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Saturday, February 26, 2011

UPS Wage and Hour Cases: Court of Appeal Issues Meal Period Attorney Fee Decision

In re. UPS Wage and Hour Cases (2/24/11) --- Cal.App.4th ----, 2011 WL 653863, raises a number of interesting points.

The plaintiff, McGann, worked for UPS as an on road supervisor. He sued UPS for overtime and other wage and hour violations, alleging that he was misclassified as exempt. The trial court (Los Angeles Superior, Judge Fahey) granted judgment on the pleadings and summary judgment on all but his overtime claim, which proceeded to jury trial. UPS prevailed, with the jury finding that McGann was exempt under both Wage Order no. 9-2001 and the federal Motor Carrier Act.

UPS then moved for attorney fees and costs under Labor Code 218.5 as the prevailing party. UPS conceded that it could not recover fees on the overtime claim (Cal. Labor Code 1194) but sought fees for its defense of the other claims. The trial court awarded UPS $100,000 in fees under section 218.5, and McGann appealed.

The Court of Appeal reversed.

The Court began by examining the interplay between section 218.5, the bilateral fee-shifting statute, and 1194, which allows attorney fees only to successful plaintiffs in minimum wage and overtime cases. 218.5, by its own terms, “does not apply to any action for which attorney's fees are recoverable under Section 1194.”
The phrase “any action” can plausibly be given two different meanings. It can reasonably be interpreted to mean a successful employer-defendant cannot recover Labor Code section 218.5 fees in any civil action in which an overtime or minimum wage cause of action is pled, irrespective of whether or not any other wage claims are joined. It can also reasonably be read to mean the prevailing employer-defendant cannot recover section 218.5 fees as to any claim or cause of action seeking overtime or minimum wage compensation, but may recover fees incurred in the successful defense of other joined claims seeking nonovertime related wages and benefits, if such claims independently support entitlement to section 218.5 fees.
Slip op. at 4. The Court interpreted the statute to mean the latter.
We conclude the phrase “any action” in the last sentence of Labor Code section 218.5 should be interpreted to mean any “cause of action” seeking overtime or minimum wage compensation for which section 1194 fees are recoverable. That construction best reflects our duty to harmonize seemingly conflicting statutory provisions and avoid a construction that ignores or nullifies one statutory provision in favor of another. To interpret the phrase to mean “civil action,” as McGann urges, would lead to absurd results.
Slip op. at 5. The Court found support for this construction in the legislative history:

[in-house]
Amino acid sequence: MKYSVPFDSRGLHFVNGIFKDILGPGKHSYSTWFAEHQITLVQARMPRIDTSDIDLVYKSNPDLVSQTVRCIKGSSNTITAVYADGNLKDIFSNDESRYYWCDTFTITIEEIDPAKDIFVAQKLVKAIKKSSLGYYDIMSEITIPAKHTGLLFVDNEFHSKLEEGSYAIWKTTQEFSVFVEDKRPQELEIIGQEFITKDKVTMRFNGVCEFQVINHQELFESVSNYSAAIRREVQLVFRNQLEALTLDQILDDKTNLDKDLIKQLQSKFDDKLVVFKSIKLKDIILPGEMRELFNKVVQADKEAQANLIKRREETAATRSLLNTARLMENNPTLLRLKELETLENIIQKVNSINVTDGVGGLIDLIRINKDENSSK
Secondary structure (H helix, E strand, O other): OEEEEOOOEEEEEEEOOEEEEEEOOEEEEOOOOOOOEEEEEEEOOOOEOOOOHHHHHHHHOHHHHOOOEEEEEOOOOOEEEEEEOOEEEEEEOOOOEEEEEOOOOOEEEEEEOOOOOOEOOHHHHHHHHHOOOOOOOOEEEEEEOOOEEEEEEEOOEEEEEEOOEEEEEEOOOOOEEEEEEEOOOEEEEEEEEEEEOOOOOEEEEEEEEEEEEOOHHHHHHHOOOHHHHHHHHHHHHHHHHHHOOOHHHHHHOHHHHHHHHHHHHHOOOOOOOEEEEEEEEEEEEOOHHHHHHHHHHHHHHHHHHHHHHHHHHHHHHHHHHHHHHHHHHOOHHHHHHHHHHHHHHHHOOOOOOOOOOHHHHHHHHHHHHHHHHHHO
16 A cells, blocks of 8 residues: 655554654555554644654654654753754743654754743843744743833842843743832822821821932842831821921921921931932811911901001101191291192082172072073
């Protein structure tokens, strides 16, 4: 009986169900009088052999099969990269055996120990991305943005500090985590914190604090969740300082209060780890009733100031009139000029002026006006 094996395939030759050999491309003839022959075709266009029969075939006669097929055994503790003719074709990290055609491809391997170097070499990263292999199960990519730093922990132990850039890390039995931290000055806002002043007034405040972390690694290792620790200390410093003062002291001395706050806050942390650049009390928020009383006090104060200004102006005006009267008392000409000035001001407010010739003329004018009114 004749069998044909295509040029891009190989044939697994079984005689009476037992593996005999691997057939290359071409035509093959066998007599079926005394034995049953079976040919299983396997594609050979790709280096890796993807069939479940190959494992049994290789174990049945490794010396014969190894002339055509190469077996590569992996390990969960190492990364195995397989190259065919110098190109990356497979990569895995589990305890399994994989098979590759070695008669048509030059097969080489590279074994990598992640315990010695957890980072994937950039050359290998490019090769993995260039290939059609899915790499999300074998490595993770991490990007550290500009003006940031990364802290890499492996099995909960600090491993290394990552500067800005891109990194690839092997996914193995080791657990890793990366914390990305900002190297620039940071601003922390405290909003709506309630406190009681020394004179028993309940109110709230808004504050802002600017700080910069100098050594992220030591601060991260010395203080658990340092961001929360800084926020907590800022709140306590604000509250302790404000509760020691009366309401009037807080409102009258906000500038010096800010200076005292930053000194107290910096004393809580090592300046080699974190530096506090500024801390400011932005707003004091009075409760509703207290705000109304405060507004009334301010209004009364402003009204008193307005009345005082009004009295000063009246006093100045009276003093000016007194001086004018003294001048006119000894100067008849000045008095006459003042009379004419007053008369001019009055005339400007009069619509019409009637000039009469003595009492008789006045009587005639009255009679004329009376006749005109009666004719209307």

The Legislative Counsel's Digest of Assembly Bill No. 2509-the bill which added the Labor Code section 1194 language to section 218.5-states the amended language creates “an express exception” to the general rule of section 218.5 by precluding a prevailing employer's recovery of fees in actions for unpaid overtime or minimum wage compensation. There is no language indicating any intent by the Legislature to completely nullify section 218.5 in any civil action simply because of the joinder of one cause of action for overtime compensation with other wage and benefit claims. And, despite McGann's argument to the contrary, Earley does not compel a different result. Earley clearly states that, notwithstanding section 1194, section 218.5 fees may be recovered by a defendant that prevails in claims seeking unpaid “wages, fringe benefits, or health and welfare or pension fund contributions.”
Slip op. at 5.

Despite this, the Court held that UPS could not recover its attorney fees. UPS could not recover fees on the overtime claim, which was the only to go to trial; could not recover fees on the Labor Code 226 cause of action because section 226 contains a one-way fee-shifting provision; could not recover fees on McGann's common law conversion cause of action; and could not recover fees on the UCL cause of action.

That left only the cause of action for missed meal and rest periods under section 226.7. UPS argued that 218.5 applied because the remedy under section 226.7 constitutes a wage under Murphy v. Kenneth Cole Productions. The Court declined to follow this reasoning: “We are not persuaded that extending the holding in Murphy to the discreet fee issue presented here is appropriate or in keeping with our duty to construe statutes regulating the conditions of employment liberally, 'with an eye to protecting employees.'” Slip op. at 7.